vast body of office-holders, civil, military, It will be noticed that some grades are
and ecclesiastic, — ministers, senators, coun- vacant in each column; so, in fact, there
cilors, generals, lieutenants, ensigns, and are only eleven grades in the military ser-
many more lofty or humble members of vice and twelve in the civil service. The
the army of bureaucrats,— by which the peculiar titles in the civil list were arbitrary
machinery of the great empire is carried names created by Peter the Great or bor-
on. Any of these may or may not be aris- rowed by him from the German. A " coun-
tocrats, members of ancient and illustrious cilor of the court " has no official advice
families. In fact, many of the men in high at his disposition, nor do " privy councilors "
military and court positions belong to aris- or " councilors of state " have anything to
tocratic families. It is possible and very do, as such, with the government delibera-
natural that men bom to social position tions. The lowest civil rank may be ac-
and influence and the bearers of famous quired by graduation from a university,
names should be first looked to as candi- and it takes many years of public service
dates for posts of high honor under an to climb up the rungs of the ladder to the
empire. We know, however, that in recent fifth or sixth tchin, where one begins to
years many of the highest offices in the feel important.

Russian empire have been occupied by Although the tchin depends on work
men of humble origin. If we see a Witte and merit, and seems, at first glance, a
the right hand of the Emperor, and looked most praiseworthy and democratic institu-
upon with fear and jealousy by the proud tion. it is the opinion of those who have
descendants of Rurik, it is not because the made a study of Russian institutions that
latter have had no chance of filling the Uhinavnism is now a detriment to the best
posts in which we should expect to see interests of the empire. It certainly tends
them, but because, in spite of education to the discouragement of any kind of occu-
and ability, they have, through lack of pation except the public service, with the
energy, allowed the peasant and stranger result that all departments of the govern-
to outstrip them. ment are crowded with young men of
The complicated institution of the tchin splendid education and fine ability, en-

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gaged frequently in clerical dudes requir-
ing very ordinary intelligence. Naturally
but few of them can reach high positions
in the state. If manufacturing, commerce,
law, and business in general were con-
sidered as honorable as they are in Amer-
ica, Russia would not lack men of brains to
push her forward to the industrial position
to which her natural resources entitle her.
Tchin originally conferred hereditary
nobility. Under Peter the Great any one
belonging to any of the sixteen classes was
by right a noble, but the privilege was
gradually curtailed until, under Alexander

II, it was open to members of the first
four classes only, and, under Alexander

III, ennoblement by grade in the public
service was abolished entirely. It is true
that, under the present reign, men eminent
in science and the arts sometimes have
high rank conferred upon them, even
though they are not actually in the service
of the state ; but, as a rule, it is only those
in the public service who expect or receive
advancement in the table of ranks.

The nobility formerly possessed a good
many privileges and exemptions, but now
it is difficult to see that they have any,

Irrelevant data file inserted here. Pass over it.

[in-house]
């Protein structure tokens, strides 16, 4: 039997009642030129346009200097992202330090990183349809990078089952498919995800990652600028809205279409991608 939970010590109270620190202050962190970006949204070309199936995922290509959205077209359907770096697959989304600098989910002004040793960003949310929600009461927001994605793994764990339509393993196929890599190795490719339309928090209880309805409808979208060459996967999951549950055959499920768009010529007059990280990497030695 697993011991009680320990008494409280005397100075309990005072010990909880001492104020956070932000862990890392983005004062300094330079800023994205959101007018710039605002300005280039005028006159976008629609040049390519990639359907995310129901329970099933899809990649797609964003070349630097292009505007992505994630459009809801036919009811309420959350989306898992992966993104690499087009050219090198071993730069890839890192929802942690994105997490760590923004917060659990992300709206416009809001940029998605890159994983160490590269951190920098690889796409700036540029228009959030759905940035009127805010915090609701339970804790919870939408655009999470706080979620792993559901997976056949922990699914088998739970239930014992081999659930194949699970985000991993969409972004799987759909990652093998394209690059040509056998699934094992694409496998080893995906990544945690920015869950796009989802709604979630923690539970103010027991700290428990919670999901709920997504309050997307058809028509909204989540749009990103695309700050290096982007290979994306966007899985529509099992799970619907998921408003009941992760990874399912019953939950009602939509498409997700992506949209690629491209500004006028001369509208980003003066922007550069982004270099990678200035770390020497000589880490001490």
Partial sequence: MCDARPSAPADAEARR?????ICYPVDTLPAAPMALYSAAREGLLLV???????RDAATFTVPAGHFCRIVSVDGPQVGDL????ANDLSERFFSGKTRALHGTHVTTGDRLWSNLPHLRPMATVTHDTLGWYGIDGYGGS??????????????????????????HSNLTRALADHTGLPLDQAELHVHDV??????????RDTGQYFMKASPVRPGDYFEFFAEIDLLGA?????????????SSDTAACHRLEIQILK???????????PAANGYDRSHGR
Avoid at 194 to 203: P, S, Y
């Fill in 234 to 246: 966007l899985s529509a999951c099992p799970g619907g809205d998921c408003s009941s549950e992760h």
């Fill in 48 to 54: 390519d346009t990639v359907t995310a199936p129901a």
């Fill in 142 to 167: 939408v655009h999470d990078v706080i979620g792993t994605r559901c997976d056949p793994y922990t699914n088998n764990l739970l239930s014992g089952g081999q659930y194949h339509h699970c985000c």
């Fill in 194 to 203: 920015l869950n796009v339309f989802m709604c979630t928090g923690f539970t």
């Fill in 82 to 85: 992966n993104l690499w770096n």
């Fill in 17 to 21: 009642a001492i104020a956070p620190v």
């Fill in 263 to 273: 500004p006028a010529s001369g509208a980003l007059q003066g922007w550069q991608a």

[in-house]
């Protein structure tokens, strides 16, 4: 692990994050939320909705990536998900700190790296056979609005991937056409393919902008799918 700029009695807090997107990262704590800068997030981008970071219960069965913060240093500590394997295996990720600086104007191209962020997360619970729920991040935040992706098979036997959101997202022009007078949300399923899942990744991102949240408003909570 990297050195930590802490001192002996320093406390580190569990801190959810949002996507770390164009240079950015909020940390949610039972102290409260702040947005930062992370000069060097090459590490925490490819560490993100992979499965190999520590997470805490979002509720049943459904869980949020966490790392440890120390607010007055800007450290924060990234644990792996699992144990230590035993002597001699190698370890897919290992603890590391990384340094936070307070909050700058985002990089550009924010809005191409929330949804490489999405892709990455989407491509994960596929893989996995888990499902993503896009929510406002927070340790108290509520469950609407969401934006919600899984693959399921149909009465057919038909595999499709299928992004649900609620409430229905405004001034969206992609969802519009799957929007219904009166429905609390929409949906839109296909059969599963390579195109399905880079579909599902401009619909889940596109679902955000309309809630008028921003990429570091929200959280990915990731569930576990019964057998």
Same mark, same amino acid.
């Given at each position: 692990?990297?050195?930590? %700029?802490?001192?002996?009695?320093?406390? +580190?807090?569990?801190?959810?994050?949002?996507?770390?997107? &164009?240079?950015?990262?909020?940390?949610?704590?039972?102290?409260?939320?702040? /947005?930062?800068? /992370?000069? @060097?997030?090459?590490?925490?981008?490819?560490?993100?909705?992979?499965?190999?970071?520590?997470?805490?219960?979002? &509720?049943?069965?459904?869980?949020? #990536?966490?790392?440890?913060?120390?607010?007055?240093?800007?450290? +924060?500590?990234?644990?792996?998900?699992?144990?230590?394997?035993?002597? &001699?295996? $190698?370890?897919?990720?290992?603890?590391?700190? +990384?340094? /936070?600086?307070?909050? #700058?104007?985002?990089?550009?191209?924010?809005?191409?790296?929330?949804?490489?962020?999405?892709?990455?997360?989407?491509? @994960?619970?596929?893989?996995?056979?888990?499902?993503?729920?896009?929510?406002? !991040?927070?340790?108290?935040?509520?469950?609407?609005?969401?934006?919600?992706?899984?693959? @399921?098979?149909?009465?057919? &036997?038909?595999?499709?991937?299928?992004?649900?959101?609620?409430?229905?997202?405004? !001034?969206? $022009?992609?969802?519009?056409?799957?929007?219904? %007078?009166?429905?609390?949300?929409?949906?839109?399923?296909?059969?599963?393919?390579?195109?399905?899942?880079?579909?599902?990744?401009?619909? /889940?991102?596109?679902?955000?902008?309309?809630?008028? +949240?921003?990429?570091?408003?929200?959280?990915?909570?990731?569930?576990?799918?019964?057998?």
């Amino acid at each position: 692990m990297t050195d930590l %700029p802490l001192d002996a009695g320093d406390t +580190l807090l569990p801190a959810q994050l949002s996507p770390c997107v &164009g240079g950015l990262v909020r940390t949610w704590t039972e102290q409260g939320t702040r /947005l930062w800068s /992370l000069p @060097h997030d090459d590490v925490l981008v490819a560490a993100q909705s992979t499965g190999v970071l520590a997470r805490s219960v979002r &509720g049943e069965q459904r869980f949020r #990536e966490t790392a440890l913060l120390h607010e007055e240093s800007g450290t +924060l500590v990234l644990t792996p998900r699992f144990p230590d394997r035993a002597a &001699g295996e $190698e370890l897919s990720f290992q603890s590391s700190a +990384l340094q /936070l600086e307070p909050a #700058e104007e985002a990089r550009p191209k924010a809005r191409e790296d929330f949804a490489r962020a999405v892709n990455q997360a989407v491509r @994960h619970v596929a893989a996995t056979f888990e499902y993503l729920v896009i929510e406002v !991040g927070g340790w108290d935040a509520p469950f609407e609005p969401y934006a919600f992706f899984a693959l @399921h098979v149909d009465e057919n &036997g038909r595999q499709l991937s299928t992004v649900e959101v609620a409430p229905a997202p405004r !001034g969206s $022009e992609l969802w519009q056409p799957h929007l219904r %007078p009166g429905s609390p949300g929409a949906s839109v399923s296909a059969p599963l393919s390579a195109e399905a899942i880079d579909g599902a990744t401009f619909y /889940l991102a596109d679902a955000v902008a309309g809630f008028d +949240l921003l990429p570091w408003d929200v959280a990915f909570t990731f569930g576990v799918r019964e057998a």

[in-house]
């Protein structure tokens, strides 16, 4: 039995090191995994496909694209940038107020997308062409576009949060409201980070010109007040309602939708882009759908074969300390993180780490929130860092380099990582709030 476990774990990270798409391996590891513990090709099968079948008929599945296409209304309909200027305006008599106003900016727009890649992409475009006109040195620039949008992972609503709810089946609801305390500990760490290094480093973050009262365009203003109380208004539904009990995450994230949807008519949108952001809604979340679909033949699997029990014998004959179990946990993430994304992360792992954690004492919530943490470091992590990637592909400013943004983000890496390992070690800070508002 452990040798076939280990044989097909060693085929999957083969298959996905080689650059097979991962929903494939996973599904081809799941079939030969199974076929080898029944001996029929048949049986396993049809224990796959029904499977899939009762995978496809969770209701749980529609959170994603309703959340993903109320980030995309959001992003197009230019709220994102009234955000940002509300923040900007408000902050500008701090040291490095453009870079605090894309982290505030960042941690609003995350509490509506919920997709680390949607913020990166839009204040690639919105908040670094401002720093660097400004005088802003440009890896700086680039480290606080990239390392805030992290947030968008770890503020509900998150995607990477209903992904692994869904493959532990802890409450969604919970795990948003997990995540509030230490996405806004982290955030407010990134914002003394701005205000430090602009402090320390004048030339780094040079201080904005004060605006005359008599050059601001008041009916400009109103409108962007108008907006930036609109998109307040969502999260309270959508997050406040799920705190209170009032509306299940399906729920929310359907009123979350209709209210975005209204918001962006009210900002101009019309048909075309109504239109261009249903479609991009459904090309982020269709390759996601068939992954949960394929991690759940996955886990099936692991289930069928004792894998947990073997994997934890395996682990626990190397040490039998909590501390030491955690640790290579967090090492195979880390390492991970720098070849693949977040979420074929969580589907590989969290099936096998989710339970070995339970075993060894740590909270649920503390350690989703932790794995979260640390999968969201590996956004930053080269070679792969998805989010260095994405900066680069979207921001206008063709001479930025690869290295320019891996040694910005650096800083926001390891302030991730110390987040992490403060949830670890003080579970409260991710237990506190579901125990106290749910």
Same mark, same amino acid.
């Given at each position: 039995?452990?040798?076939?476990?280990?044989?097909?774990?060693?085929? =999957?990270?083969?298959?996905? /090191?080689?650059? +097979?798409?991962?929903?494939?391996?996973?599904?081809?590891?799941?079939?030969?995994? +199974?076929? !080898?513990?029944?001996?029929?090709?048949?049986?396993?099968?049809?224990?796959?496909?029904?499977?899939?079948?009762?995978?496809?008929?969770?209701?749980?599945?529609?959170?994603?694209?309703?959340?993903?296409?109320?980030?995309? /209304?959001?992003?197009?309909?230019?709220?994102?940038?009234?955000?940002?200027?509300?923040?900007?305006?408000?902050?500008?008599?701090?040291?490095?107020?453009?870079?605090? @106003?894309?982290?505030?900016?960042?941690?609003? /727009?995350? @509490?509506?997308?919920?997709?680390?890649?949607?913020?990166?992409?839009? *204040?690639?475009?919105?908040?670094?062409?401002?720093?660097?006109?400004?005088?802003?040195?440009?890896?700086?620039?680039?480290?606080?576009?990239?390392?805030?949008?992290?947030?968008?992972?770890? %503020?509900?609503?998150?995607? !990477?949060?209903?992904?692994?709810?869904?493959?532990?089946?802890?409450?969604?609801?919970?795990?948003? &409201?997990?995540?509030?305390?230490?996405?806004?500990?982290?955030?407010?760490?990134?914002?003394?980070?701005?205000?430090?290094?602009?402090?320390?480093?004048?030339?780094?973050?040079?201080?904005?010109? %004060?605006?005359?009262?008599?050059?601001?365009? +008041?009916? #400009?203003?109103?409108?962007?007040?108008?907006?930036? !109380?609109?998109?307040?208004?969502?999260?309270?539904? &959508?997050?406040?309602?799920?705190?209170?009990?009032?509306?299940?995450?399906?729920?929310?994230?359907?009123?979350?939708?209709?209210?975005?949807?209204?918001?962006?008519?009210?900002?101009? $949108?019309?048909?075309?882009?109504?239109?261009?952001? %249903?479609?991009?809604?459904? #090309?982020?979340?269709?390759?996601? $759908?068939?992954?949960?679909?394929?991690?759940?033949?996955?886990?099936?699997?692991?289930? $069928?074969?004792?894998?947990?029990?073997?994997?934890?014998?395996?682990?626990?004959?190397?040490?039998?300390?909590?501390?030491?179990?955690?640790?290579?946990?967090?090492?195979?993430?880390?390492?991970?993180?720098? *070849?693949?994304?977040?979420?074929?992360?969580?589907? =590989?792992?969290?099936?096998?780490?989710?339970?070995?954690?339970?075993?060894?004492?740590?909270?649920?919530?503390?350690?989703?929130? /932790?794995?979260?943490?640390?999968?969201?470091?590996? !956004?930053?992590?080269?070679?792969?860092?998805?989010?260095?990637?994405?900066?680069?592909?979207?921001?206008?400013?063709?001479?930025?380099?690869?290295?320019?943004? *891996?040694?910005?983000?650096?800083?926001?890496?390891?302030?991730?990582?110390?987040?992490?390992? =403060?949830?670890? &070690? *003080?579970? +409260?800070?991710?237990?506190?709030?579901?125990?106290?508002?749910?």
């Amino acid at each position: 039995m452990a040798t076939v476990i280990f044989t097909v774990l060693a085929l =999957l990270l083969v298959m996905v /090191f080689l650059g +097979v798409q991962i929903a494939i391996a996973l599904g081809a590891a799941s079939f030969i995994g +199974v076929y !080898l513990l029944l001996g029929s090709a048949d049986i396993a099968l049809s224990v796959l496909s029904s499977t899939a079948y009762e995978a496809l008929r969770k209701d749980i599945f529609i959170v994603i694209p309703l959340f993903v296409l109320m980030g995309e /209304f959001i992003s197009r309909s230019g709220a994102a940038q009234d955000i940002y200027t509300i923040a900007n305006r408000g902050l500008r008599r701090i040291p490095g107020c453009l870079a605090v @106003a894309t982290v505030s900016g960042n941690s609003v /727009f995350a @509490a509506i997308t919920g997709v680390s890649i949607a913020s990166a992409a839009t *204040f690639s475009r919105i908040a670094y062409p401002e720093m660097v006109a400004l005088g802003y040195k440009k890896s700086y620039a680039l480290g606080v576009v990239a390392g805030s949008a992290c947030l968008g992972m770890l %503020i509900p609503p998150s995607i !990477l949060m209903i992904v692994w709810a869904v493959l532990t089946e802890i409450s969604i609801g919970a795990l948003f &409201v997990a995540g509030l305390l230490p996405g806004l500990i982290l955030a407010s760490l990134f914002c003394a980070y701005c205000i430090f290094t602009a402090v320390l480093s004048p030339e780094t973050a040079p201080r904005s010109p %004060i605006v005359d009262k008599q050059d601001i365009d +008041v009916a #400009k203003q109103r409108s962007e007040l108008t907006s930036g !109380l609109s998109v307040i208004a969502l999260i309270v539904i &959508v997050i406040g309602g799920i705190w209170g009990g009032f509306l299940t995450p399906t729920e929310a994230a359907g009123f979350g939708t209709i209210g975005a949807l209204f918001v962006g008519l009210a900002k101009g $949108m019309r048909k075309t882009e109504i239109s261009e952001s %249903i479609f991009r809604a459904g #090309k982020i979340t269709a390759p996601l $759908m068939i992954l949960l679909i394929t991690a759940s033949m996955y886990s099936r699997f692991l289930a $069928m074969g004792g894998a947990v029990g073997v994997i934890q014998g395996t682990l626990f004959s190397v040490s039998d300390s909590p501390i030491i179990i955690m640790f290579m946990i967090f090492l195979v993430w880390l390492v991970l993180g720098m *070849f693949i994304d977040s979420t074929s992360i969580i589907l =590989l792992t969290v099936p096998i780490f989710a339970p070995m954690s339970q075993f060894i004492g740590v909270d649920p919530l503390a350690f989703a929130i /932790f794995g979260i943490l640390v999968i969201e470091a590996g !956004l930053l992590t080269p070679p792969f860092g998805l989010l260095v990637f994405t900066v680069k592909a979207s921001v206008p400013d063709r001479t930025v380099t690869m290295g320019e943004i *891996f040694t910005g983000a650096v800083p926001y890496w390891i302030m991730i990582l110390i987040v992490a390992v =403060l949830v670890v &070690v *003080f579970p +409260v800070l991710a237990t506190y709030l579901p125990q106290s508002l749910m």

except, as above remarked, somewhat
greater facilities for entering and advanc-
ing in the public service.

Outside the rank and position acquired
by the tchin, there are various court posi-
tions, mostly honorary, which are much
sought after. These— indeed, this is the
ca.se with all positions in the empire— are
conferred by the Emperor at his pleasure.
They are called " coiut charges," and con-
sist, first, of the grand charges, including
the grand chamberlain, the grand masters,
grand marshals, grand ^cuyers, grand
veneurs, and the grand master of ceremo-
nies—all positions of great honor; sec-
ondly, of masters, ^cuyers, and veneurs of
the court, chamberlains, gentlemen of the
bedchamber, and masters of ceremony —
titles held in great number, sometimes by
people of little social prominence, but often
by men of position who would not other-
wise be entitled to court rights. There are
few of them who ever exercise the func-
tions which the uninitiated would think
attached to their picturesque appellations.
The full-dress costumes of these gentlemen
are very expensive, the coat alone costing
about a thousand dollars ; and, as they are
worn but once or twice a year, the petit

uniform being generally used, their posses-
sion is occasionally dispensed with.

Other honorary court positions, irrespec-
tive of tchin, are "ladies of honor with
portrait" and "maids of honor of their
Majesties the Empresses." The Dowager
Empress Marie and the reigning Empress
have each attached to their persons a few
maids of honor who actually "do the
work " ; these other classes have rarely any
arduous duties to perform. The former
wear portraits of the Empress Elizabeth,
surrounded with brilliants, and the latter
the chiffre of the reigning Empress in the
same precious stones. The positions of
maids of honor to their Majesties are con-
sidered highly desirable. Besides giving
ladies the entree to the court balls for life,
it extends that privilege to their husbands
when they marry. In this way there are at
the present time princes bearing most illus-
trious names whose only right to go to
court is derived by marriage to an ancienne
(UmoisdU d*honneur.

The grand dukes and grand duchesses
have their own courts, and the ladies and
gentlemen of their households are entitled
to imperial court rights, whether they hap-
pen to be sufficiently high up in the table
of ranks or not

With the exceptions noticed and one or
two other minor ones, the much-coveted
court rights are confined to persons of the